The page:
Tuesday, June 25, 2024

Champagne, anyone?

I set out confidently, list in hand, to get what I needed for a Champagne brunch I was hosting on the weekend. Ingredients for dishes I would prepare, both savory and sweet; a salad (hello farmers’ market!); fresh-squeezed OJ for mimosas; and, of course, Champagne.

But which Champagne? Confronted with bottles from France, the U.S., Mexico and Spain, plus Italian prosecco, I was pretty lost. Did more money necessarily mean better quality? Is prosecco the same as Champagne? What about Spanish cava and Mexican espumosos, from Baja’s Valle de Guadalupe?

I retreated home to my computer — sans Champagne — to figure out what was what. I knew the name Champagne can only refer to sparkling wine produced in a certain part of France, safeguarded by an AOC (Appellation Originale Contractualisée) or Designation of Origin.

It’s an age-old process that’s carefully protected and controlled; the first regulations were established in 1887, but Champagne as we know it has been documented since the early 1500s. Champagne must be labeled with the AOC mark, the name and address of the producer and the town or village where it’s from.

Champagne vineyards in the Reims countryside, France
Champagne vineyards in the Reims countryside in France.

This protected beverage must be made utilizing the méthode Champenoise, a vinification process invented in the northeastern French province of Champagne, about 100 miles east of Paris. Distinguished by a secondary fermentation in the bottle — rather than barrels or tanks — and a double inoculation of yeast, Champagne must use a blend of pinot noir, pinot munier and Chardonnay grapes grown in that province.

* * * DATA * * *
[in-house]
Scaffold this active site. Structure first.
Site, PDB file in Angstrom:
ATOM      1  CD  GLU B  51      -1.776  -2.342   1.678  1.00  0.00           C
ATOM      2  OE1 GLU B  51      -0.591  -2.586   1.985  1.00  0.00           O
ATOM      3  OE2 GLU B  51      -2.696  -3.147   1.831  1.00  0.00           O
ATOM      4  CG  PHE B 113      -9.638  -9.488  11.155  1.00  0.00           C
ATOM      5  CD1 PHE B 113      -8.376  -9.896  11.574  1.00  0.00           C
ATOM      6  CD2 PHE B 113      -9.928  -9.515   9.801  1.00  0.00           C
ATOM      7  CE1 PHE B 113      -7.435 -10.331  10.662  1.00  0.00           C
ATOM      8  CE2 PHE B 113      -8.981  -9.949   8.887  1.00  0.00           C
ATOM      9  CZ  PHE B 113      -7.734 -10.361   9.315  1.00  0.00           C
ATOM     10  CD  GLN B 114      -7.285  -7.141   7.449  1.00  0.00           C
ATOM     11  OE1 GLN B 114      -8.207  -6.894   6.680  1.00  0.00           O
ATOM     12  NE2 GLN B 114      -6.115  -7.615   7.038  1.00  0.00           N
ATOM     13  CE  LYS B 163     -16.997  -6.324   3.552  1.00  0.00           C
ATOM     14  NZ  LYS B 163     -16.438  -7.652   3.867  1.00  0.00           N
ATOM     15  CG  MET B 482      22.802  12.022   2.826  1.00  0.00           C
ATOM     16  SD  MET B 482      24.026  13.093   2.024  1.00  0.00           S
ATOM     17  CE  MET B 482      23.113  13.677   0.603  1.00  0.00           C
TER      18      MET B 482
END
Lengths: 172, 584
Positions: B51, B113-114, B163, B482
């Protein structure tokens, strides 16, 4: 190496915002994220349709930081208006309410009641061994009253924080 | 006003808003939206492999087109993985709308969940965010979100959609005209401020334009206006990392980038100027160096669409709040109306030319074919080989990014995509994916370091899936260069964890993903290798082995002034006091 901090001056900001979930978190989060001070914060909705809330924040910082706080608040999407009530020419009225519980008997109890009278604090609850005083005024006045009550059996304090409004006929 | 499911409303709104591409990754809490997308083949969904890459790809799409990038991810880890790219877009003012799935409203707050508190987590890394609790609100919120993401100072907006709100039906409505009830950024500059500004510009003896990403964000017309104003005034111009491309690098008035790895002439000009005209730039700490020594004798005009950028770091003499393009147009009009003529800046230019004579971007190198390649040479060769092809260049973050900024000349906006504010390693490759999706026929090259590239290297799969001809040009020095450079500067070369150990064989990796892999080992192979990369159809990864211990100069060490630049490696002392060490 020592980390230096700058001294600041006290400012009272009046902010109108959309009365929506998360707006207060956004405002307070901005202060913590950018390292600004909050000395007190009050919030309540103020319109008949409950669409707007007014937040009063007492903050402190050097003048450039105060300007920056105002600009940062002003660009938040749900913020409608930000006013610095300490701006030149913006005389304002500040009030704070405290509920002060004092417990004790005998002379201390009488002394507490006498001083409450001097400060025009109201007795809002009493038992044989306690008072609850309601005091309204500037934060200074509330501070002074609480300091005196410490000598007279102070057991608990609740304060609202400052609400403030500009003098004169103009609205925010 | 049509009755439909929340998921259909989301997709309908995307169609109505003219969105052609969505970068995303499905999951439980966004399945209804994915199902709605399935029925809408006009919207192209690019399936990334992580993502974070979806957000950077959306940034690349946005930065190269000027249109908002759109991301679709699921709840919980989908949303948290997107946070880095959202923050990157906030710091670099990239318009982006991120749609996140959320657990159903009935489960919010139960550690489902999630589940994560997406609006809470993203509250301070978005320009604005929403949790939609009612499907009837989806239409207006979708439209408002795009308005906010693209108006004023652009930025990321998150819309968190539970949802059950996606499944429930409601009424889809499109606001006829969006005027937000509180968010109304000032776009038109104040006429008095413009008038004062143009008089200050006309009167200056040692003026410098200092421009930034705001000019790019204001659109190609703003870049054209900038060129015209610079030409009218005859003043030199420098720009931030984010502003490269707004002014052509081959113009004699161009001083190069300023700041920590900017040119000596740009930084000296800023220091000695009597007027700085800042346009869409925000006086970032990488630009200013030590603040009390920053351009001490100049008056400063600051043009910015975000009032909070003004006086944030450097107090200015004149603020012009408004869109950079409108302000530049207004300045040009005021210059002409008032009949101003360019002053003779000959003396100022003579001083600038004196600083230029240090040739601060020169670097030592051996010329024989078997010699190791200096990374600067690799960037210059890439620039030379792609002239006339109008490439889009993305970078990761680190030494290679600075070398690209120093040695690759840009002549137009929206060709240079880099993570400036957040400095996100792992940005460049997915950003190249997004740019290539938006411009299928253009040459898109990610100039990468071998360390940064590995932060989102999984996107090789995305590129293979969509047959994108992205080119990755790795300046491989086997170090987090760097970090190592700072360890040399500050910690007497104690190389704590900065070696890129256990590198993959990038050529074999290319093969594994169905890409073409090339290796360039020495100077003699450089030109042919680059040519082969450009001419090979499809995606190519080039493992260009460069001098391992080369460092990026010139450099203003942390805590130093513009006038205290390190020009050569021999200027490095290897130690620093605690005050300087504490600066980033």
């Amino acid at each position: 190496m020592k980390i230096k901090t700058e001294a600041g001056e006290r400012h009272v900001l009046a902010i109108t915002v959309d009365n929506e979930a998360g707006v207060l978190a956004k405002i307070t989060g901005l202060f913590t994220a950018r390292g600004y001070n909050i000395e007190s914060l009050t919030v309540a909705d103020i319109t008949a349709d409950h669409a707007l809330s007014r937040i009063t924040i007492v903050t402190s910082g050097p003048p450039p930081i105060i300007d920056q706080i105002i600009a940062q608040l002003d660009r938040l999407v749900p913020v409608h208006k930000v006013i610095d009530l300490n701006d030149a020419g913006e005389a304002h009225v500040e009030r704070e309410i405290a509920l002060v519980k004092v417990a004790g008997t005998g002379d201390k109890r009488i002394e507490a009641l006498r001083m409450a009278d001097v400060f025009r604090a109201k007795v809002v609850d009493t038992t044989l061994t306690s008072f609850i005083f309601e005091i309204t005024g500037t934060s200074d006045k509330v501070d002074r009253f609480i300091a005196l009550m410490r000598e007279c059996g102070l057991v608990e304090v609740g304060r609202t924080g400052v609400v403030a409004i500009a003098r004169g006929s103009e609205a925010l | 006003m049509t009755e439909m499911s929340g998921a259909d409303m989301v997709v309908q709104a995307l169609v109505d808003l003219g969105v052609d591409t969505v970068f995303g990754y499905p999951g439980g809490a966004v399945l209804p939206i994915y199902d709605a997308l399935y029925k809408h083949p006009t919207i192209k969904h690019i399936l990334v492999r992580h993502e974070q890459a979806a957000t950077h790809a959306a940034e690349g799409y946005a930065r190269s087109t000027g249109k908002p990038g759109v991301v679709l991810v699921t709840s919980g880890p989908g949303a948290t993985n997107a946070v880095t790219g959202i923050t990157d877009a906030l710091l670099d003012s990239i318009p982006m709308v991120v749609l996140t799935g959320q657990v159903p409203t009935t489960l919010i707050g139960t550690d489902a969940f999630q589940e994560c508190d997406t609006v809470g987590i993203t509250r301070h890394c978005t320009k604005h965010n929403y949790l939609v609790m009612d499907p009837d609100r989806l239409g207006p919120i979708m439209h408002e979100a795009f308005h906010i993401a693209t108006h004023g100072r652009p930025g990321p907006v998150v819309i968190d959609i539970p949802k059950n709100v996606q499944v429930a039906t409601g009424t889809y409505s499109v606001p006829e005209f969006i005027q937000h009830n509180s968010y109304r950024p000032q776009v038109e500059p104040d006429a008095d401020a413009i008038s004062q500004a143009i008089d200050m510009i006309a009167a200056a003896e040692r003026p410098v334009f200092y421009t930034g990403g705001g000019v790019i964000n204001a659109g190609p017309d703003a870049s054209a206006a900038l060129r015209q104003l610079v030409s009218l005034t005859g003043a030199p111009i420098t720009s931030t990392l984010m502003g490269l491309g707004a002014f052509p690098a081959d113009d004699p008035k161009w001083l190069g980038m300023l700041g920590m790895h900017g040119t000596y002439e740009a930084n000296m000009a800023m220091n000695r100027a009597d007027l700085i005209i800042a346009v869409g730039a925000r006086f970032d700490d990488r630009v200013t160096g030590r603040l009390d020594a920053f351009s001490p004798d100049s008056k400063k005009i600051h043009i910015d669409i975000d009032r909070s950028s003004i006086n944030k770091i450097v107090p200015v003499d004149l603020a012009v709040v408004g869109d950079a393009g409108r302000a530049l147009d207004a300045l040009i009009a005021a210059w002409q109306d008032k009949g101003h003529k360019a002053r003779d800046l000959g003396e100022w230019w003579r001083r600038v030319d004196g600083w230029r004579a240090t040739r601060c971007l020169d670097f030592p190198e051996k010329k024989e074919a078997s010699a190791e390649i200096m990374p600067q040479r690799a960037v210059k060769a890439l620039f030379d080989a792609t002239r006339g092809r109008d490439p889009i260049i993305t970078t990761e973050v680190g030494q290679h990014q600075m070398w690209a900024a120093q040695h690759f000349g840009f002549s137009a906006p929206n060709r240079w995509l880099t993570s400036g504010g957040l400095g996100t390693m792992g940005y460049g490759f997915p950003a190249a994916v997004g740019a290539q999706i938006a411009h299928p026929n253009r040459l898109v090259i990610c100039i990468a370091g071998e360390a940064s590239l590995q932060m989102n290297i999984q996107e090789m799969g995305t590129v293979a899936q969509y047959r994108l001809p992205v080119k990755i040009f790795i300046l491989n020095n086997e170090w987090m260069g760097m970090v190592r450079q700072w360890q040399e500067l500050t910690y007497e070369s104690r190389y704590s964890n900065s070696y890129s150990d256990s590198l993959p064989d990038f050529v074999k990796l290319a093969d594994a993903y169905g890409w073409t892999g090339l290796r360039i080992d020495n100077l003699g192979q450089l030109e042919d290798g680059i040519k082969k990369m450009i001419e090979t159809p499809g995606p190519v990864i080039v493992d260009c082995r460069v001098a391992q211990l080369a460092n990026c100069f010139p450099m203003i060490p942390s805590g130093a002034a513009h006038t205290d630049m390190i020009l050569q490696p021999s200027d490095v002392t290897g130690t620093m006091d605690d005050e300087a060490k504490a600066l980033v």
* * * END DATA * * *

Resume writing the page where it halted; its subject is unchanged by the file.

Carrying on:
Utilizing those three base wines, each vineyard has its own closely guarded formulas and signature blends, or cuvees, drawing on hundreds of specific grape varietals. Like any other wine, the terroir (how much sun, moisture, temperatures, etc.) influences the taste and flavor profile of the grapes and the finished beverage.

Champagnes are aged a minimum of 15 months; the longer the aging, the more flavorful and aromatic it will be. The distinctive metal casing over the large, secure cork traps the fermentation caused by carbon dioxide being produced — what creates those famous bubbles.

Folklore has it that after inventing Champagne, Dom Pérignon invited his fellow friars to taste the new beverage by exclaiming, “Come quickly, I am tasting the stars!”

After bottling, Champagne is aged in the chilly air of hundreds of miles of underground caverns and tunnels built into the chalk hills beneath the fabled vineyards and towns of the area, which also served as bomb shelters during the German attacks of WWI. Official estimates say that at any given time, there are 200 million bottles aging below ground, mostly around the historic cities of Reims and Epernay. UNESCO declared the houses, cellars and hillsides of Champagne a World Heritage Site in 2015.

All of this is fascinating, but I still didn’t know which Champagne to buy for my brunch.

Like most things, you get what you pay for. Long-time producers — Ruinart, Taittinger, Veuve Clicquot and Moët & Chandon, all founded in the 1700s — have the most experience and thus produce better Champagnes. The oldest still in operation is Gosset, since 1584.

Moët et Chandon Champagne house historic photo
Moët & Chandon is one of France’s oldest Champagne houses, founded in 1743.